PEMBROKE, N.H. -- A new flood preparedness tool that will help emergency managers improve flood warnings and response is now available for a 16.5-mile reach of the Suncook River in southeastern New Hampshire that has frequently flooded adjacent homes.
The new web-based tool, developed by U.S. Geological Survey scientists, shows flood inundation maps to identify where the potential threat of floodwaters is greatest. The maps show the land areas and features that would likely be submerged and the expected depth of the floodwaters when a streamflow gauge upstream rises. The maps are part of a national USGS effort to help emergency managers quickly assess evacuation routes, determine when and how to evacuate residents threatened as floodwaters rise, and better focus flood response and recovery efforts.
"Floods are the most expensive natural disaster that we face in the U.S., affecting all 50 states and costing more than $2.7 billion dollars annually averaged over the past 10 years according to government estimates," said USGS Director Marcia McNutt. "Investing in science-based preparedness tools like the online flood inundation maps is a smart way to help everyone know the quick decisions to make to spare lives and property."
The USGS is partnering with the National Weather Service, the U.S. Army Corps of Engineers and FEMA to develop comparable flood inundation maps in locations across the country identified to be at high risk for flooding.
The USGS completed the Suncook River maps in partnership with the New Hampshire Department of Safety, Division of Homeland Security and Emergency Management. The maps extend from the USGS streamgage at Depot Road in North Chichester to the Merrimack River. They include portions of the towns of Chichester, Epsom, Allenstown, and Pembroke and the community of Suncook. The maps show the extent and depth of flooding expected in these towns, for 10 river levels, starting when the North Chichester gauge reaches seven feet, up to a crest of 18 feet. Flood stage is at seven feet.
"I see these maps as a great new tool for local and state emergency personnel, residents, and landowners to prepare for, and respond to flooding," said Christopher Pope, Director of the NH Division of Homeland Security and Emergency Management.
The North Chichester streamgage is also a National Weather Service flood forecast gauge. The NWS combines the current stage with its precipitation forecasts to predict the Suncook River’s crest at this location. Based on these predictions, anyone can use the new flood inundation maps to estimate areas along the Suncook River that would be flooded.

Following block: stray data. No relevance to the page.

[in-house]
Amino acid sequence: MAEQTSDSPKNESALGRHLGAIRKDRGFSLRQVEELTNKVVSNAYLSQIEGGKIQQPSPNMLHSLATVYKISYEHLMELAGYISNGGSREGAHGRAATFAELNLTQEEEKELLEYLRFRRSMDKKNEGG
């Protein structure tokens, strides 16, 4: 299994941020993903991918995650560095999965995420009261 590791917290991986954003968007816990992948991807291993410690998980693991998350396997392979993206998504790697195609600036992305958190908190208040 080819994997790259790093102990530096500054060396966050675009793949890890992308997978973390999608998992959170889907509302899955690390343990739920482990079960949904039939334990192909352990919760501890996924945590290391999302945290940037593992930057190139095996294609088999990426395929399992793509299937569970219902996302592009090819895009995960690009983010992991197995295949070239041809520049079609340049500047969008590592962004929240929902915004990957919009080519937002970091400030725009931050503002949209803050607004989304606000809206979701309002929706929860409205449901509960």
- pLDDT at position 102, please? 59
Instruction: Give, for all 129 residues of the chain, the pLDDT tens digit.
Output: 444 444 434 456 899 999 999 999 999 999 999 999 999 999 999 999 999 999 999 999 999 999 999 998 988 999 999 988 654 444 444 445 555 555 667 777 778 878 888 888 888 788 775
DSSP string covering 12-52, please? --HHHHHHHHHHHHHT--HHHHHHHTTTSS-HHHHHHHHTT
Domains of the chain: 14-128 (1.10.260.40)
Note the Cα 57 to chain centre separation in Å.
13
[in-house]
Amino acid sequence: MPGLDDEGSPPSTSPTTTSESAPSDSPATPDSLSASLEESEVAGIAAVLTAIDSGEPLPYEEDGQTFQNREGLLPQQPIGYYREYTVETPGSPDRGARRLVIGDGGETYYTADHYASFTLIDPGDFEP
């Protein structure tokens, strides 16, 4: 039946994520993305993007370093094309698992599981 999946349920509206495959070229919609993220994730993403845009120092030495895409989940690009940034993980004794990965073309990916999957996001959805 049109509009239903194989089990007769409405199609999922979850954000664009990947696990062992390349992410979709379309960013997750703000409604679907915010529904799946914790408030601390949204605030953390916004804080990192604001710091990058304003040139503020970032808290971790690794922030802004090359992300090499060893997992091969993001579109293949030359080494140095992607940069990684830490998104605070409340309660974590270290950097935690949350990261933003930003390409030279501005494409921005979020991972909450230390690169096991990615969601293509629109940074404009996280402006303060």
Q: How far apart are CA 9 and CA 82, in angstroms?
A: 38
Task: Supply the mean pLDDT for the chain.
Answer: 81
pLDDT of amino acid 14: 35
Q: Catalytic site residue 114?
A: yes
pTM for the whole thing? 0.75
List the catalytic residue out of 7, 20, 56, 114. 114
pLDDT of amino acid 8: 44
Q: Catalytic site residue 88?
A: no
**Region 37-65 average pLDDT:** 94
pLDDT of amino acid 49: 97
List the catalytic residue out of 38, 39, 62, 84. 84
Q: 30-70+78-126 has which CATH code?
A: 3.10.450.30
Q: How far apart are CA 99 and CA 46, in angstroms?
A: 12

"A number of recent studies of the Suncook River since the flooding of 2006 and 2007 made the flood inundation mapping possible," said Robert Flynn, USGS hydrologist and author of the maps.
The area of the Suncook River shown on the maps has flooded many times, most notably in 2006, 2007, and 2010. On May 15, 2006, the flooded river changed course, forming a new river channel through a sand and gravel pit, shortening the river’s length, and increasing the potential flood hazards to communities downstream.
"This shortening of the river means that there is a greater potential for flooding to adjacent communities because of faster river flows in the vicinity of the sand pit, greater erosion of the river banks and stream channel, and piling up of sediment downstream," said Flynn.
The flood inundation map web-based tool can be found online. The Suncook River inundation report, which contains links to current USGS stream-stage data and forecasted stream-stage data from the NWS, is available online. NWS forecasted flood levels for the Suncook River are available online.
The Flood Inundation Map is one of a series of flood preparedness tools that the USGS has developed to help emergency and resource managers and the public prepare for potential flooding and track water levels as they rise. The map is based on data from the USGS's nationwide streamgage network that monitors the water level and flow of the nation's rivers and streams.
WaterAlert and StreaMail are two other online resources that provide residents with timely information about river conditions at important locations. Subscribers have a number of options to choose from on how to get the information, and can have emails or texts sent to them automatically whenever a critical threshold is reached. With these tools, emergency managers, resource managers and the public can stay informed and help keep themselves or others out of harm's way by keeping up to date of local conditions.